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TRANSFORMING HEALTHCARE: VALUE, POPULATIONS, AND DATA


Track: Population Health

Course: Population Health Policy  8 hours 

Description: This course is designed to explain the changes to the healthcare system that are emerging as a result of a shift in focus from the individual patient to the population. Developed by leaders at Johns Hopkins with direct responsibility for population care and by researchers in population health, the course starts with a general introduction to population health and then segues to the practicalities of population health management at the business and policy level, including how to know what works. 


Learning Objectives:

  1. Describe new models of care for population health and the role of payment reform in the context of population health and accountable care, and explain the challenges of chronic care management in populations while analyzing the ways that health IT can be used for effective population management.
  2. Discuss and interpret the key financial drivers in the U.S. health care systems and their implications on population health and IT challenges going forward.10.  Discuss the research processes by which population health IT solutions bring about change and the environmental/organizational contexts within which they work best.


Course: Population Health Data Analytics  9 hours

Description:This course is designed to provide learners with the core knowledge to identify the specific types of data used in the course of population health management, from billing through clinical through population. Developed by a faculty member at Johns Hopkins who deals with data sets with billions of elements for organizations across the country, the course starts with a general introduction to population health and then goes through the data types, data sources, and core processes of working with these data.


Learning Objectives:

  1. Identify various data sources used for population health management, including both traditional and nontraditional data sources, and examine how data quality affects population health analytic.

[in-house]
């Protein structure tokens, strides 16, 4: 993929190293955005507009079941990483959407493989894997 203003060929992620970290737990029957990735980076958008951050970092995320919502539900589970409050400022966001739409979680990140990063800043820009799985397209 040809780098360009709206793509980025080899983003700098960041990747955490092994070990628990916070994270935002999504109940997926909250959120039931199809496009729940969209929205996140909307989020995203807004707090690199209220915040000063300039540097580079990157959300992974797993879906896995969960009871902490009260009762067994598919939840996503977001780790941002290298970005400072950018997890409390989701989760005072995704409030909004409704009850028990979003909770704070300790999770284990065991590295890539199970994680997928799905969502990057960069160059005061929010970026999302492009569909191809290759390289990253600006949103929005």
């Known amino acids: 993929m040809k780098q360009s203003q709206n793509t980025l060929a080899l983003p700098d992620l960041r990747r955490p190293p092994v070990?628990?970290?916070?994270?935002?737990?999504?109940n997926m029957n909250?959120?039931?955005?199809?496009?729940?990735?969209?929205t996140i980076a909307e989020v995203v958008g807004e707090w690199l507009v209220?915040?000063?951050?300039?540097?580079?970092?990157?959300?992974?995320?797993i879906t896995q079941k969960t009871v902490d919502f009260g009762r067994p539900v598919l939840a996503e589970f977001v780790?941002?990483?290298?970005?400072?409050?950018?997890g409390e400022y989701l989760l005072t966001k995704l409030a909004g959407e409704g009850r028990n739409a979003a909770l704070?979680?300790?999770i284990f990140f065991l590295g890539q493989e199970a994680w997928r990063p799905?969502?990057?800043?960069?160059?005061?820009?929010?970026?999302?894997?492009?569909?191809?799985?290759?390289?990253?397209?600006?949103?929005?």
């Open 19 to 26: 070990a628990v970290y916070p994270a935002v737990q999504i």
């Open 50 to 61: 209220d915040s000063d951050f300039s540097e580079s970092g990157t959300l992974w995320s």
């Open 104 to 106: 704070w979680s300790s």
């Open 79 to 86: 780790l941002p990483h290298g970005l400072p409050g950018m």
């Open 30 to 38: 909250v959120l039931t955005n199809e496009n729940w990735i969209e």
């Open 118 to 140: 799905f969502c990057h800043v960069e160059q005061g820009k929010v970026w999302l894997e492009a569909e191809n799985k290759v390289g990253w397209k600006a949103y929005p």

2. Identify challenges in using population health data sources and describe the conceptual and practical challenges of developing population health analytic methods.


Course: Population Health Interventions   11 hours

Description:This course is designed to provide learners with the core knowledge and skills to using the data gathered in a population health context to improve the health of that population. Developed by leaders at Johns Hopkins with direct responsibility for population care and by researchers in population health, the course starts with a general introduction to population health and then segues to the calculation of clinical risk, to the use of that calculation, and to the context of health IT. 


Learning Objectives:

  1. Explain perspectives related to the concept of “risk” measurement and segmentation within the population health context, and
    explore developing frontiers in the population-based predictive- modeling field.
  2. Describe the population health data necessary for segmenting into risk cohorts, and explain the processes and key decision
    points by which interventions are prioritized for segments of the population.
  3. Explore the frameworks relevant to the concept of population health at the community level.
  4. Identify population health programs’ key constituents; compare behavior change models; evaluate individual, organizational, and
    community-level behavior change interventions’ designs; and recognize and relate health IT’s capabilities, users, and purposes.


Track: Healthcare Data Analytics 

Course: Understanding Healthcare Data Analytics    8 hours 
Description: This course is designed to provide people working in the healthcare industry (and those closely tied to the work of healthcare) a strong, practical understanding of data analytics. Learners will gain an understanding the importance of healthcare data analytics and how to apply their knowledge of analytics to every-day activities. The course will take learners through a number of data analytics exercises which represent real-life healthcare scenarios and show how to use Microsoft Excel to work with data. In addition, the course explains best practices in displaying data so that it is useful to various end-users. Finally, the course provides an overview of how analytics plays an important role in risk adjustment and predictive modeling, two of the foundations of value-driven care. 

Learning Objectives:

  1. Describe different types of data generated in health care
  2. Describe best practices for communication of data analysis results
  3. Identify limitations and challenges of re-using clinical data
  4. Use Microsoft Excel as a tool for data analytics, and demonstrate the ability to
    1. Describe reasons why data needs to be cleaned or modified before analysis
    2. Identify and correct basic errors in data